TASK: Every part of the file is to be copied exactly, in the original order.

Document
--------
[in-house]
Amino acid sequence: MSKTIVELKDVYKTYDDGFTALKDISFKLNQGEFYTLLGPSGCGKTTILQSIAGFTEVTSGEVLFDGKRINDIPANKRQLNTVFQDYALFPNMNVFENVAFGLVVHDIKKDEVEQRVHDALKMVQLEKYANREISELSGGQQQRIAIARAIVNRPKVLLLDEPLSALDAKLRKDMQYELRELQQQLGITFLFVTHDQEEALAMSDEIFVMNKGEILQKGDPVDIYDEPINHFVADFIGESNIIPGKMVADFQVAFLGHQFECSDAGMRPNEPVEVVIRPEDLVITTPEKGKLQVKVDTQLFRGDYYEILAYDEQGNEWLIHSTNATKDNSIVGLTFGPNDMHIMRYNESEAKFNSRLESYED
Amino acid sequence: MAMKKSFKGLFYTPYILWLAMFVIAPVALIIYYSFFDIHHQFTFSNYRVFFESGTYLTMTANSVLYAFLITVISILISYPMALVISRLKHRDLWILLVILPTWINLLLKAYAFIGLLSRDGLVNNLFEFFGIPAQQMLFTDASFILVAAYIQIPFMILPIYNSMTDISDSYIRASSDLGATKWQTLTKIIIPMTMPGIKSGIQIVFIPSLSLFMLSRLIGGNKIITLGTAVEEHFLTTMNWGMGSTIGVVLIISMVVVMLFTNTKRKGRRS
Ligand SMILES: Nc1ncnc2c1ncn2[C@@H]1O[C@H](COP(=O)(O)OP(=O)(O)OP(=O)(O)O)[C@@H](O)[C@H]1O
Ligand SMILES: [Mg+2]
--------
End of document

[in-house]
Amino acid sequence: MSKTIVELKDVYKTYDDGFTALKDISFKLNQGEFYTLLGPSGCGKTTILQSIAGFTEVTSGEVLFDGKRINDIPANKRQLNTVFQDYALFPNMNVFENVAFGLVVHDIKKDEVEQRVHDALKMVQLEKYANREISELSGGQQQRIAIARAIVNRPKVLLLDEPLSALDAKLRKDMQYELRELQQQLGITFLFVTHDQEEALAMSDEIFVMNKGEILQKGDPVDIYDEPINHFVADFIGESNIIPGKMVADFQVAFLGHQFECSDAGMRPNEPVEVVIRPEDLVITTPEKGKLQVKVDTQLFRGDYYEILAYDEQGNEWLIHSTNATKDNSIVGLTFGPNDMHIMRYNESEAKFNSRLESYED
Amino acid sequence: MAMKKSFKGLFYTPYILWLAMFVIAPVALIIYYSFFDIHHQFTFSNYRVFFESGTYLTMTANSVLYAFLITVISILISYPMALVISRLKHRDLWILLVILPTWINLLLKAYAFIGLLSRDGLVNNLFEFFGIPAQQMLFTDASFILVAAYIQIPFMILPIYNSMTDISDSYIRASSDLGATKWQTLTKIIIPMTMPGIKSGIQIVFIPSLSLFMLSRLIGGNKIITLGTAVEEHFLTTMNWGMGSTIGVVLIISMVVVMLFTNTKRKGRRS
Ligand SMILES: Nc1ncnc2c1ncn2[C@@H]1O[C@H](COP(=O)(O)OP(=O)(O)OP(=O)(O)O)[C@@H](O)[C@H]1O
Ligand SMILES: [Mg+2]